There was time for one more concert before the dinner break, this one by the irrepressible Roger Neumann and his Rather Large Band. Neumann introduced another fine soloist in tenor George Harper who embellished the handsome opener, "All the Things You Are" and yet another rendition of "Cherokee." Also on the menu were Billy Strayhorn's "Take the 'A' Train," a waltz ("¾ of the Time"), an original blues called "Takin' a Walk" and a Charlie Mariano chart, "Nothin' Wrong." Other discerning soloists included Neumann (tenor sax), alto / soprano Sal Lozano, trumpeters Rowles, Jack Coan, Jamie Hovorka and Ramon Flores, trombonists Scott Whitfield, Alan Kaplan and Alisha Ard (continuing her journey after sailing with Maiden Voyage), tubaist Jim Self, pianist Geoff Stradling and bassist Kirk Smith. Neumann brought a vocalist, Madeline Vergari (Mrs. N), who showed excellent range and power on "The Sunny Side of the Street" and "The Shadow of Your Smile." The RLB set the table for supper with an appetizing rendition of the Basie / Joe Williams classic "All Right, Okay, You Win."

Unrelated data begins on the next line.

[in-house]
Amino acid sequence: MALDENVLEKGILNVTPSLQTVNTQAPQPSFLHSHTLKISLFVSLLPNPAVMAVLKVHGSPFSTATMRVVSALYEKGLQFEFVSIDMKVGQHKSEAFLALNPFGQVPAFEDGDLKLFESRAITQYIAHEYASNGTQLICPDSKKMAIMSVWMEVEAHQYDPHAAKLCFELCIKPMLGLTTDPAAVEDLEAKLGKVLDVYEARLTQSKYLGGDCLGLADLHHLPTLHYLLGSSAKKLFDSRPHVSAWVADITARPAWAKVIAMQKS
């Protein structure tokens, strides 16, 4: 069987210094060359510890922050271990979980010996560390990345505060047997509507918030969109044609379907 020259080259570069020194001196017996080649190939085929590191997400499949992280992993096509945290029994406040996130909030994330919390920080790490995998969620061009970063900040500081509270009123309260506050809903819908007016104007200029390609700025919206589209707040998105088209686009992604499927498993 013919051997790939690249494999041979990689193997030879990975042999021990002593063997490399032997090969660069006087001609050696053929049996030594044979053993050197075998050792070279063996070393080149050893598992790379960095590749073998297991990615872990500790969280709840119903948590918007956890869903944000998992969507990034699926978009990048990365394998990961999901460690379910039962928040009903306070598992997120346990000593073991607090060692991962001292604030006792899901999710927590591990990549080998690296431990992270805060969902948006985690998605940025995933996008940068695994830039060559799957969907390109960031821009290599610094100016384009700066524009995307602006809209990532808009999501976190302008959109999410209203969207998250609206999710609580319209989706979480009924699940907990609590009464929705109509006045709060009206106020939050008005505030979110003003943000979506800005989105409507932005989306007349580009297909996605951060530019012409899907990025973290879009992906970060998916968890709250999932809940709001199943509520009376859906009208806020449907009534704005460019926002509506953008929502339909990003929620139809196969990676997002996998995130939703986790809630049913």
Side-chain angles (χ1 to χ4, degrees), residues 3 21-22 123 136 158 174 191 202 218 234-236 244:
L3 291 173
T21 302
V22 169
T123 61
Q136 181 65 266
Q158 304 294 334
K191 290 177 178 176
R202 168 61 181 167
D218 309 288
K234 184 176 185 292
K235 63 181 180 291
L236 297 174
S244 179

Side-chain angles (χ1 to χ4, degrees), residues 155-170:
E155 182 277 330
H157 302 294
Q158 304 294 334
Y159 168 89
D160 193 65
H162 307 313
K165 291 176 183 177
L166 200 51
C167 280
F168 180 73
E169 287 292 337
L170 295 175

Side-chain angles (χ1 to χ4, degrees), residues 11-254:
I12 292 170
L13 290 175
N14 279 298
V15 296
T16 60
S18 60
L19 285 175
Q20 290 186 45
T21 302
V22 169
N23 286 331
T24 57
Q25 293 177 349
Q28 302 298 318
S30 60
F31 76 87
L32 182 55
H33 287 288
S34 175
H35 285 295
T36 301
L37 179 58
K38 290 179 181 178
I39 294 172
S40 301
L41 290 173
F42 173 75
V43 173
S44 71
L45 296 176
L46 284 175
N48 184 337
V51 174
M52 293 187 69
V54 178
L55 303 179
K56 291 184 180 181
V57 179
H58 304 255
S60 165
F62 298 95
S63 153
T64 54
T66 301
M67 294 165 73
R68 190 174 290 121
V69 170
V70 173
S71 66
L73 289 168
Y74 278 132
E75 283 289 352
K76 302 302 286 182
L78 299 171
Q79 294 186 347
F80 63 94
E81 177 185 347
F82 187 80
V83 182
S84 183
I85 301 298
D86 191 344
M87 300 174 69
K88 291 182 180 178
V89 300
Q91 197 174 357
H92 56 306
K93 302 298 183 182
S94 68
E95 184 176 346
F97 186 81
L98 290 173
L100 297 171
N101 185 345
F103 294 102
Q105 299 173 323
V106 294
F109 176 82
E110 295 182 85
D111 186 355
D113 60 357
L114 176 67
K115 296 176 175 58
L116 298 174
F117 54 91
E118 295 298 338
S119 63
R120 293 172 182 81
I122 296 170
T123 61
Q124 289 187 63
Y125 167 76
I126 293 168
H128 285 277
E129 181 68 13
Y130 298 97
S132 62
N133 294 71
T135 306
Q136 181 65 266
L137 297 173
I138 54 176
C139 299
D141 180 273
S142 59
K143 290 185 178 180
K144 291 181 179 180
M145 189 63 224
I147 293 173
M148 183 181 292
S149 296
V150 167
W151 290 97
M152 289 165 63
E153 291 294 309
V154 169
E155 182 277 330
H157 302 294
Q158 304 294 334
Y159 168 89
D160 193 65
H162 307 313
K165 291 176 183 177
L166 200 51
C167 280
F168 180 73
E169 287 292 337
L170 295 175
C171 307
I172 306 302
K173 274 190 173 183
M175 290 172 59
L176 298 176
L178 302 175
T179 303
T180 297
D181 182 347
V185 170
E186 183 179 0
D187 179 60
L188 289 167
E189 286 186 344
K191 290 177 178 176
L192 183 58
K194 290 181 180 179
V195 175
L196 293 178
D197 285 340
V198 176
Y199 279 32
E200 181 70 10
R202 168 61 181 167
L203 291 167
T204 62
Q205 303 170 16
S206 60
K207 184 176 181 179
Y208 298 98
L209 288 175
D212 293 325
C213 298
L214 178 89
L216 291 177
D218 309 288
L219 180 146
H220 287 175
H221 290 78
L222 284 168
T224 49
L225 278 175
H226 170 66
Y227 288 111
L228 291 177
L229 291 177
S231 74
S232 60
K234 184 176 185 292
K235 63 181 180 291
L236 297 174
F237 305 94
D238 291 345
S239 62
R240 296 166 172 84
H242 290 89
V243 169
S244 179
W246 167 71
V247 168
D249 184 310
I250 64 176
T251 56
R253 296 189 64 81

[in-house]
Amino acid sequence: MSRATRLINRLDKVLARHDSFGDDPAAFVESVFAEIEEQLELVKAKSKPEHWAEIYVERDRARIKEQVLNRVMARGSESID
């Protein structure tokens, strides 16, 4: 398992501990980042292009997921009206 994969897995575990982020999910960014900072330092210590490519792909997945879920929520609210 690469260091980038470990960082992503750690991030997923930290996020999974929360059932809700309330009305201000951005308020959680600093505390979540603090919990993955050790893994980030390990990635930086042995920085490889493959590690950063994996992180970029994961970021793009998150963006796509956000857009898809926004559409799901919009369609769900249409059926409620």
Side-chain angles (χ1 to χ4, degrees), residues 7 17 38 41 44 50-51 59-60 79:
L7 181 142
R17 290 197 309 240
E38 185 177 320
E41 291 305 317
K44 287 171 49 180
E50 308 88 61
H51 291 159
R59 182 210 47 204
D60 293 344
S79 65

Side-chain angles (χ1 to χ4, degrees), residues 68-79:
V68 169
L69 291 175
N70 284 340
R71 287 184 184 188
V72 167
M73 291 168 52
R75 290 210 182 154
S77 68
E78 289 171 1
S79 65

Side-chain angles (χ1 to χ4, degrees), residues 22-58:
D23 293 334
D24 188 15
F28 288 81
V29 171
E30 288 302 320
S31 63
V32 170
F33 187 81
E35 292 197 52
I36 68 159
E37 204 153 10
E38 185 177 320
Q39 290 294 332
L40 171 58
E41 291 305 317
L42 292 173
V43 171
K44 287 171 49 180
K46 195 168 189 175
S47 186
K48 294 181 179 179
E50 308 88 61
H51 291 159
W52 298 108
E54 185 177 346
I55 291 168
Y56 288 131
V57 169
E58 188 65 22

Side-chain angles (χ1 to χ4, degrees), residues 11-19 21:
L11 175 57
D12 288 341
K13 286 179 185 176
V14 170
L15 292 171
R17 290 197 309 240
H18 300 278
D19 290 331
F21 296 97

After the break, the Rather Large Band was surpassed in the calorie count by Gordon Goodwin's impish Big Phat Band, which quickly charmed the audience with the leader's dazzling arrangement of George Gershwin's "Rhapsody in Blue," featuring Lozano's clarinet and Driskill's tenor sax. The lively samba "Macho Muchacho" (solos by guitarist Andrew Synowiec and tenor Brian Scanlon) was next, followed by Herbie Hancock's persistent "Watermelon Man," amplified by Goodwin's forceful piano. Goodwin moved to tenor for "The Very Best of Times," which preceded one of his most inspired compositions, the spasmodic and whimsical "Hunting Wabbits" (how the ensemble must love to play that one!) with Lozano, baritone Jay Mason and bassist Rick Shaw dueling in the trenches. Alto Eric Marienthal scorched the pads on "That's How We Roll 'Em" and "Play That Funky Music," while the trumpet section (Summers, Bergeron, Willie Murillo, Dan Savant) came out smokin' on the combative "Back Row Politics." The BPB brought the evening to a close with another version of—what else?—"Cherokee."

Saturday, May 23, 2009